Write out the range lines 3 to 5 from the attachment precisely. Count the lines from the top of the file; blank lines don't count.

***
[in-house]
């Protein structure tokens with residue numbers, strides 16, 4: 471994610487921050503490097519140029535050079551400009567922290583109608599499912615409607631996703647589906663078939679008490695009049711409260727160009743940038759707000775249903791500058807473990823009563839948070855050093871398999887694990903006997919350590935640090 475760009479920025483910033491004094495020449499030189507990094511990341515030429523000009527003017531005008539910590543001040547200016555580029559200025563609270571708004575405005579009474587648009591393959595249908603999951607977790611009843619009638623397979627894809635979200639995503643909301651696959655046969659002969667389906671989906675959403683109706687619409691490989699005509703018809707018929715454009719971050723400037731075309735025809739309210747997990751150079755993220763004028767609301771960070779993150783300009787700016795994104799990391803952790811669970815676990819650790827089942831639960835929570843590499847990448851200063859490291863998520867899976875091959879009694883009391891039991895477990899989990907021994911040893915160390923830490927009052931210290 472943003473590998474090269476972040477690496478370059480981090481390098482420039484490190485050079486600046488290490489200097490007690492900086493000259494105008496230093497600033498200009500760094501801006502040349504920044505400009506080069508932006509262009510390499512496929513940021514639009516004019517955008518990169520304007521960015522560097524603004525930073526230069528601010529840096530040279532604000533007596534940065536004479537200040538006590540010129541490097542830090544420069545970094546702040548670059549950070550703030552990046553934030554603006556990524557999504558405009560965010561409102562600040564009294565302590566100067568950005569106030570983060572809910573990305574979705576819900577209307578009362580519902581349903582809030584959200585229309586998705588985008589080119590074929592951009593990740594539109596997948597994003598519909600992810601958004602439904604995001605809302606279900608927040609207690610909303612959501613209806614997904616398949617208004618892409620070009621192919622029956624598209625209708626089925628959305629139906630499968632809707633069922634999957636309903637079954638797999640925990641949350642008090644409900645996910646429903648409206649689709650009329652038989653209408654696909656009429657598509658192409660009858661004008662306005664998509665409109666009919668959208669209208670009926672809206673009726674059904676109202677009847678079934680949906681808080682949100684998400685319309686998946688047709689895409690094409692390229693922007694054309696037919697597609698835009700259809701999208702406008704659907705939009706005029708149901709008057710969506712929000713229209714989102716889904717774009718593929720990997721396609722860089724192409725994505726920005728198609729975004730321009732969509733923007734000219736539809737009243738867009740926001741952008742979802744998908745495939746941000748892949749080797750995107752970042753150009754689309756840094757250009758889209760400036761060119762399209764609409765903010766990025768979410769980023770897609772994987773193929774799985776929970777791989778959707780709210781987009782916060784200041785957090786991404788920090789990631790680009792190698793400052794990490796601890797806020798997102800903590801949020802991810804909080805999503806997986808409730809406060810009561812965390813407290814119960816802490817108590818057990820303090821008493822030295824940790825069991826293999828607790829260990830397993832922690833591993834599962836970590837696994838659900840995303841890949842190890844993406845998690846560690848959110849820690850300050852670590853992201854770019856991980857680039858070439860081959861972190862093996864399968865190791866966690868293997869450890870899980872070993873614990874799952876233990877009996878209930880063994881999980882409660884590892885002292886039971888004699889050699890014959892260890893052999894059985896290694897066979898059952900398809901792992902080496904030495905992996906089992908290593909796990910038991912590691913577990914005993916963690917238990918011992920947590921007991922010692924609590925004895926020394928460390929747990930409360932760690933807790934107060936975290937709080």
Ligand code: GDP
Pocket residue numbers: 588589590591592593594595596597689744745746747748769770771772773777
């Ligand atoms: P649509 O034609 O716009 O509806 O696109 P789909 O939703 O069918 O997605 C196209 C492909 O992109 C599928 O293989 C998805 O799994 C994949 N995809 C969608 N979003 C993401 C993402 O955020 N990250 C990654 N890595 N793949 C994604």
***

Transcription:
Ligand code: GDP
Pocket residue numbers: 588589590591592593594595596597689744745746747748769770771772773777
């Ligand atoms: P649509 O034609 O716009 O509806 O696109 P789909 O939703 O069918 O997605 C196209 C492909 O992109 C599928 O293989 C998805 O799994 C994949 N995809 C969608 N979003 C993401 C993402 O955020 N990250 C990654 N890595 N793949 C994604």